The flipside of a marketplace where brands encourage people to buy for emotive reasons is that brands also need to counter consumers’ personal reasons not to buy.
Some of these reasons may be legacy. Some may seem to be convenient self-interest. Others may look like they’re based on ignorance, bias, selfishness. They probably don’t make sense to you.
That’s important because … actually, it’s not. It’s not important at all
The problem that matters is not your opinion of why your buyer won’t buy – it’s the fact that they have this opinion, that it’s rational to them and they have every reason to keep thinking it until they don’t want to anymore.
Chances are you won’t talk people into liking your brand. The most effective way to deal with an “unreasonable” objection is to counter with a riveting motive.
Most people think that means price. But simply dropping your price is no silver bullet. It doesn’t make you a more likeable brand. It may make you a more attractive brand – in the short term. But only until a better offer emerges.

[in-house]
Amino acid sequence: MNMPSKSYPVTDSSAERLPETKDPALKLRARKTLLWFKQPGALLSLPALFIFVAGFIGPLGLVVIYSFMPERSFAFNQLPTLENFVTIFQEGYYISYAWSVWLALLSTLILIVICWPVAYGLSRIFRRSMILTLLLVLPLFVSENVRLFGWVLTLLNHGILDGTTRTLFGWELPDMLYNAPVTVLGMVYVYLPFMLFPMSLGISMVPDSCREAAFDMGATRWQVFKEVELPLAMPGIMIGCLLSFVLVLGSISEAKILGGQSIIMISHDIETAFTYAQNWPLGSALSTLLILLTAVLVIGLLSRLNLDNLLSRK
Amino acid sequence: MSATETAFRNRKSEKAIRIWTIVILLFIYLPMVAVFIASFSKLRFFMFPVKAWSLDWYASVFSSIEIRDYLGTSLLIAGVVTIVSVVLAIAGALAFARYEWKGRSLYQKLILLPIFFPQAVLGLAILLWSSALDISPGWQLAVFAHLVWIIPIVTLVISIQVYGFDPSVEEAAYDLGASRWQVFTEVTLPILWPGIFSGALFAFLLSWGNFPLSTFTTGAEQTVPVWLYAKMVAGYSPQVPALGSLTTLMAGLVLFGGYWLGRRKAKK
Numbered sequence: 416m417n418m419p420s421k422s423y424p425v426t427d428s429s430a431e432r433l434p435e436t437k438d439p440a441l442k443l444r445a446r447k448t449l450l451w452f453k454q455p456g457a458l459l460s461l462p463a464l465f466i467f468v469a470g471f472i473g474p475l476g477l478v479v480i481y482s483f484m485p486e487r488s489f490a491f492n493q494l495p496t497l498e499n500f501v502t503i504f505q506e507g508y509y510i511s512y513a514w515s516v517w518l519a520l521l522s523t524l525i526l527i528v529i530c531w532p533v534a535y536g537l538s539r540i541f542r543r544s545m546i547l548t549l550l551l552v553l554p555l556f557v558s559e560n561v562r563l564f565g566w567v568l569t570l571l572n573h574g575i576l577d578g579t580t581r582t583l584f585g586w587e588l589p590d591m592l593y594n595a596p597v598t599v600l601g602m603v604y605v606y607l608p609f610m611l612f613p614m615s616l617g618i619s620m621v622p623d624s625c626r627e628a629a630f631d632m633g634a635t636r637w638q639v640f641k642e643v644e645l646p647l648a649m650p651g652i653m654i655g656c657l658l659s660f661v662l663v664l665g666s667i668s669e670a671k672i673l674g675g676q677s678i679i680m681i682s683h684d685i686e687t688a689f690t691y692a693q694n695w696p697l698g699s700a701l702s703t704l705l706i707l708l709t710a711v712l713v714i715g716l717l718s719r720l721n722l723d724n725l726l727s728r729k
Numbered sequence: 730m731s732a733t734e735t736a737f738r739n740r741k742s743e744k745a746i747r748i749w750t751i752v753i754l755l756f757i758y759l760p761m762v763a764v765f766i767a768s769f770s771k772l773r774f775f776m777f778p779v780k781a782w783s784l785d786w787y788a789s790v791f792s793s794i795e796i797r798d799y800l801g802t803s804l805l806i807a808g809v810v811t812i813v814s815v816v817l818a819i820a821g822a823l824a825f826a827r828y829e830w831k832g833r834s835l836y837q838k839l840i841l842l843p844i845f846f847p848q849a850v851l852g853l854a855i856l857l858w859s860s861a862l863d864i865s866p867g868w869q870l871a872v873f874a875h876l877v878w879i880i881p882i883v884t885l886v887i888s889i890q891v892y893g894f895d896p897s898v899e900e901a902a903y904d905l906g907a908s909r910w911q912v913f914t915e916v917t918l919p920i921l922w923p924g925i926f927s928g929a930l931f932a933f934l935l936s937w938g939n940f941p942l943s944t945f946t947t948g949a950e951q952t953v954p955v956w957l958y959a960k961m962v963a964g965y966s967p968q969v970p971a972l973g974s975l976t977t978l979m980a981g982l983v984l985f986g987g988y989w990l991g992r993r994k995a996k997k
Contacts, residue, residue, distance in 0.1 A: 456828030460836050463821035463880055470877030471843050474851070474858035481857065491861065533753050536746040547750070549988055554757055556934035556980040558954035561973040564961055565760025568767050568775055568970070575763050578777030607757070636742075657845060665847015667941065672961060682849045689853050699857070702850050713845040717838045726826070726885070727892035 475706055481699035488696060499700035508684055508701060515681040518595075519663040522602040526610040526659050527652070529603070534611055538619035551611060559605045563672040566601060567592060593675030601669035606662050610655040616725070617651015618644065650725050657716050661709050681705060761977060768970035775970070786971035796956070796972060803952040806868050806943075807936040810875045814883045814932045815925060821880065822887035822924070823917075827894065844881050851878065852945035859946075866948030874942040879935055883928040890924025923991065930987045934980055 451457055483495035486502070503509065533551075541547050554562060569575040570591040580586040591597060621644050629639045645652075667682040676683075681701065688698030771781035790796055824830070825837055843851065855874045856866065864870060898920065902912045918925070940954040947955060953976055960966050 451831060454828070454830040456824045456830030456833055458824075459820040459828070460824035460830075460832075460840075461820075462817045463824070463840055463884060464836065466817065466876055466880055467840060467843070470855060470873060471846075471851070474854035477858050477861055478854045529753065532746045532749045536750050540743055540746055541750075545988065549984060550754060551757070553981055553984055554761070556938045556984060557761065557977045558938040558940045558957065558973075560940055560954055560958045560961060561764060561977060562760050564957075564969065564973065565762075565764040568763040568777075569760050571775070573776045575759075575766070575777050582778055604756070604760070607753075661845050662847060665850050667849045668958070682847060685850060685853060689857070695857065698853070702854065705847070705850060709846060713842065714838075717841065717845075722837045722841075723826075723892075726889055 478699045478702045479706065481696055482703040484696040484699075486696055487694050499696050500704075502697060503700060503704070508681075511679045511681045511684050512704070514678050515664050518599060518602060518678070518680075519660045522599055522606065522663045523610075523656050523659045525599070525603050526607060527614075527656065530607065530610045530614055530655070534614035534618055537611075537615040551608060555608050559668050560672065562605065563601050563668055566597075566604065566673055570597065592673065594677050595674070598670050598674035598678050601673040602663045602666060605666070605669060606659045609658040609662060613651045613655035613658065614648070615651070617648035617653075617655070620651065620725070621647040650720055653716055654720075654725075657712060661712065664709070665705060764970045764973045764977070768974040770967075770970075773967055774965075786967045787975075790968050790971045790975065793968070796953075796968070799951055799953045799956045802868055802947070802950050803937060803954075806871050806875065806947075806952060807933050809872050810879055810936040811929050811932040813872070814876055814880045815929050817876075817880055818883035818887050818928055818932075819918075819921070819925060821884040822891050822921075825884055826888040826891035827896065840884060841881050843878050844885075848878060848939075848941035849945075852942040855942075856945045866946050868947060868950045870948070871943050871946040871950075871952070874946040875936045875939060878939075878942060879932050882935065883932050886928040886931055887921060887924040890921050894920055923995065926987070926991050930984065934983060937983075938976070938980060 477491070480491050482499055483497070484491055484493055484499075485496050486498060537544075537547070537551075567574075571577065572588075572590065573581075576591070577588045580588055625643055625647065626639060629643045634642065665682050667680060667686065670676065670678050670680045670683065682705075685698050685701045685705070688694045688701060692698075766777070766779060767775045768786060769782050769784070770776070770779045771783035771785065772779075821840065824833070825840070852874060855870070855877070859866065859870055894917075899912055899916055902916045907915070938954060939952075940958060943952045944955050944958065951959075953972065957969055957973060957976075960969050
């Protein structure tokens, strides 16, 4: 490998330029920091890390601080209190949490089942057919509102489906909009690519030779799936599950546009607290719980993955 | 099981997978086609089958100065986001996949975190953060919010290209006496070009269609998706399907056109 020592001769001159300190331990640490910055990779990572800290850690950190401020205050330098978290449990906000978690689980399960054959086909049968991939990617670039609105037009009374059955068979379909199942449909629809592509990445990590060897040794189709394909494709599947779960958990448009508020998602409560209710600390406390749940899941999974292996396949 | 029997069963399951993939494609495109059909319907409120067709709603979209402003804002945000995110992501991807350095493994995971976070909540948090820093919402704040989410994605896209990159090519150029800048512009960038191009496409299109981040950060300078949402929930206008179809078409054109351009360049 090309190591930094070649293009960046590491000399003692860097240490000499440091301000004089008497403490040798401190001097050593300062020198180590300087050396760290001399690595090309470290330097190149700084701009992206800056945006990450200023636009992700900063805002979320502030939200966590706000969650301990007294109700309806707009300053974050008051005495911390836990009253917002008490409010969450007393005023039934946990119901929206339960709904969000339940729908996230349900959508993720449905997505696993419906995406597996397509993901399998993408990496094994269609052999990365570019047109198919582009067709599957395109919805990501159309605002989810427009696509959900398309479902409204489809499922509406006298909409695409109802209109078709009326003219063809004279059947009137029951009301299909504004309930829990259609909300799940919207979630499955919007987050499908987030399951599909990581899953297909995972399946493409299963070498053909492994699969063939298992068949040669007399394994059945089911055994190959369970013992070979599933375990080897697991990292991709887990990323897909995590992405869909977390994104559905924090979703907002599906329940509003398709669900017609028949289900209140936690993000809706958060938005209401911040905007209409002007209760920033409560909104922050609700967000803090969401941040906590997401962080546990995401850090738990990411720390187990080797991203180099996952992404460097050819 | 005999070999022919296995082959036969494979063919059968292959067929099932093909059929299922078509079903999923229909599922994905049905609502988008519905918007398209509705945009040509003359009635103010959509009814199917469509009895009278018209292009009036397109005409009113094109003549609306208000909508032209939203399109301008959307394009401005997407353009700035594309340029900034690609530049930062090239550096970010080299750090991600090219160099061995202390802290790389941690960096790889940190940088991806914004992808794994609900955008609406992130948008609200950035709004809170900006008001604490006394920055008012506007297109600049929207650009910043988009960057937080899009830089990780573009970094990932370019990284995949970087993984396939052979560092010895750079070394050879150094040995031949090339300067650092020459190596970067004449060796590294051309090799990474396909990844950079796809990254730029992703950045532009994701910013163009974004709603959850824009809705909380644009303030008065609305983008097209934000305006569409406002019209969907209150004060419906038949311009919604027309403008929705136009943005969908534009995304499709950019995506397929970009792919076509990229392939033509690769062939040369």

We like brands for a range of reasons beyond what they cost: what they offer; what they stand for; how they recognise us; what others think of them; how familiar they feel; who they support; where they’re seen … Likeable brands build loyalty and affinity by leveraging how people react. They deliver based on what people value (not necessarily what they need).
If you’re not liked as a brand – there’s a reason for that, but it may not be a reason you want to hear. It may not be about quality or anything that, as I said, makes sense to you.
Likeable brands aren’t rational – in the sense that they’re not about putting up the best arguments. Brands are liked only because they absolutely make sense emotionally to the people who buy them. Great brands are very disciplined about how they feed, nurture and grow that sense of affinity, no matter how strange it may seem to anyone else.
That is perhaps their greatest strength as a brand: their ability to be logically irrational.